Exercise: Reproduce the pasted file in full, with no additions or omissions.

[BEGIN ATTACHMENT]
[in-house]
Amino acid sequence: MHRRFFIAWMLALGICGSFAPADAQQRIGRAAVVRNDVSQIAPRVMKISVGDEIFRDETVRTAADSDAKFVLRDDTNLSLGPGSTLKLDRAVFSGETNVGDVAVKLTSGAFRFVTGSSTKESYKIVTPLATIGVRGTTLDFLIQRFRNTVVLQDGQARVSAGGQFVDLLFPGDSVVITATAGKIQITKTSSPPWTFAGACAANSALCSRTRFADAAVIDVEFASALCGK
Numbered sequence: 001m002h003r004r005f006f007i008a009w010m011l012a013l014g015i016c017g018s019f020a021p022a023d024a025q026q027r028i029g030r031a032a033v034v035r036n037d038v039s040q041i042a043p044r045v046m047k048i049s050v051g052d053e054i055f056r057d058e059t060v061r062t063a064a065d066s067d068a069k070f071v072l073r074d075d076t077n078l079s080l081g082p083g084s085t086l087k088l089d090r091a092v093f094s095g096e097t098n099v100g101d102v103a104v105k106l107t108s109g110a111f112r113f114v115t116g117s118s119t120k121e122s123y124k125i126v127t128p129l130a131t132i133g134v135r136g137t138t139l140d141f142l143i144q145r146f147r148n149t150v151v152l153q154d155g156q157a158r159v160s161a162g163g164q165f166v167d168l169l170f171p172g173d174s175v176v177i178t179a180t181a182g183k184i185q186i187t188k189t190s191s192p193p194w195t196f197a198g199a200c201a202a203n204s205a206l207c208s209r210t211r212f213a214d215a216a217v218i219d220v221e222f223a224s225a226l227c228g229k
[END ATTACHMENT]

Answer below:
[in-house]
Amino acid sequence: MHRRFFIAWMLALGICGSFAPADAQQRIGRAAVVRNDVSQIAPRVMKISVGDEIFRDETVRTAADSDAKFVLRDDTNLSLGPGSTLKLDRAVFSGETNVGDVAVKLTSGAFRFVTGSSTKESYKIVTPLATIGVRGTTLDFLIQRFRNTVVLQDGQARVSAGGQFVDLLFPGDSVVITATAGKIQITKTSSPPWTFAGACAANSALCSRTRFADAAVIDVEFASALCGK
Numbered sequence: 001m002h003r004r005f006f007i008a009w010m011l012a013l014g015i016c017g018s019f020a021p022a023d024a025q026q027r028i029g030r031a032a033v034v035r036n037d038v039s040q041i042a043p044r045v046m047k048i049s050v051g052d053e054i055f056r057d058e059t060v061r062t063a064a065d066s067d068a069k070f071v072l073r074d075d076t077n078l079s080l081g082p083g084s085t086l087k088l089d090r091a092v093f094s095g096e097t098n099v100g101d102v103a104v105k106l107t108s109g110a111f112r113f114v115t116g117s118s119t120k121e122s123y124k125i126v127t128p129l130a131t132i133g134v135r136g137t138t139l140d141f142l143i144q145r146f147r148n149t150v151v152l153q154d155g156q157a158r159v160s161a162g163g164q165f166v167d168l169l170f171p172g173d174s175v176v177i178t179a180t181a182g183k184i185q186i187t188k189t190s191s192p193p194w195t196f197a198g199a200c201a202a203n204s205a206l207c208s209r210t211r212f213a214d215a216a217v218i219d220v221e222f223a224s225a226l227c228g229k